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« Discernment Session Wrap Up | Main | Yeah, but what if we're wrong? »

May 05, 2011


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Doug Hagler

As someone who unknowingly posted the false MLK quote, it was an interesting experience. Only one sentence of it was wrong - the rest was a direct quote from Where Do We Go From Here, Community or Chaos? It implies that someone just copied and pasted the quote with an intro and didn't maintain the position of the quotation marks.

I went back and found the quote, and posted a fuller version. It is far, far more thoroughly damning of violence, and I prefer it to the false one. The fact that it is MLK gives it an extra sheen of truthfulness, I think, in part because he's a person who lived those words - died for them, in fact. He didn't just talk, he put his body in the pathway of violence and did what he said others should do.

It doesn't hurt, though, the he was also incredibly good at putting words together.

In recent years I have nuanced my anti-death-penalty, nonviolent position, to include what I call the Rabid Dog Clause. It's possible to imagine a person, like a dog with rabies, who this side of eternity will never stop seeking to harm other people. We aren't smart enough to figure out how to redeem them, or their brain is damaged, or whatever. We have every reason to think that they will keep trying to hurt other people no matter what we do (with the important caveat that we tried very hard to redeem them somehow and didn't just abandon them).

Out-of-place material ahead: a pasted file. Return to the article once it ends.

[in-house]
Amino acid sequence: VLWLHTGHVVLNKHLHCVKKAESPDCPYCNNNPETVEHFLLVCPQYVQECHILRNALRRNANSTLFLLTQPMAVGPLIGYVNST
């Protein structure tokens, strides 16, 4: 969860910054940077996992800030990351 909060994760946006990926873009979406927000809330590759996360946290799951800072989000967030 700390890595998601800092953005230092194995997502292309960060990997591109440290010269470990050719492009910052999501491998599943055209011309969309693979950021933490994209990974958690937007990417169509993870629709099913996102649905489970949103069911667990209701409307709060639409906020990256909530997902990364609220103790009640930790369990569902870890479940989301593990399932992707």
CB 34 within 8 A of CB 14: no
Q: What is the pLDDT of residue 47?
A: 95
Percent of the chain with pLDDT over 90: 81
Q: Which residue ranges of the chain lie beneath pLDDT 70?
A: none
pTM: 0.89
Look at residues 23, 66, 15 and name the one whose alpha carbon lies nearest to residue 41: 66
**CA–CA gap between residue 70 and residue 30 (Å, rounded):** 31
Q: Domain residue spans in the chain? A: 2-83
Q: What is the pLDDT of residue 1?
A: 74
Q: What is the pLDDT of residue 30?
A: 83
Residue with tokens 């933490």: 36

Given that situation, I can understand the argument to kill that person.

The problem is that, of all the people we kill, that kind of person repesents maybe 0.0000001% of the total, and in the vast majority of cases, no attempt is made to redeem the person before they are killed.

It's a small nuance, granted, but there it is.

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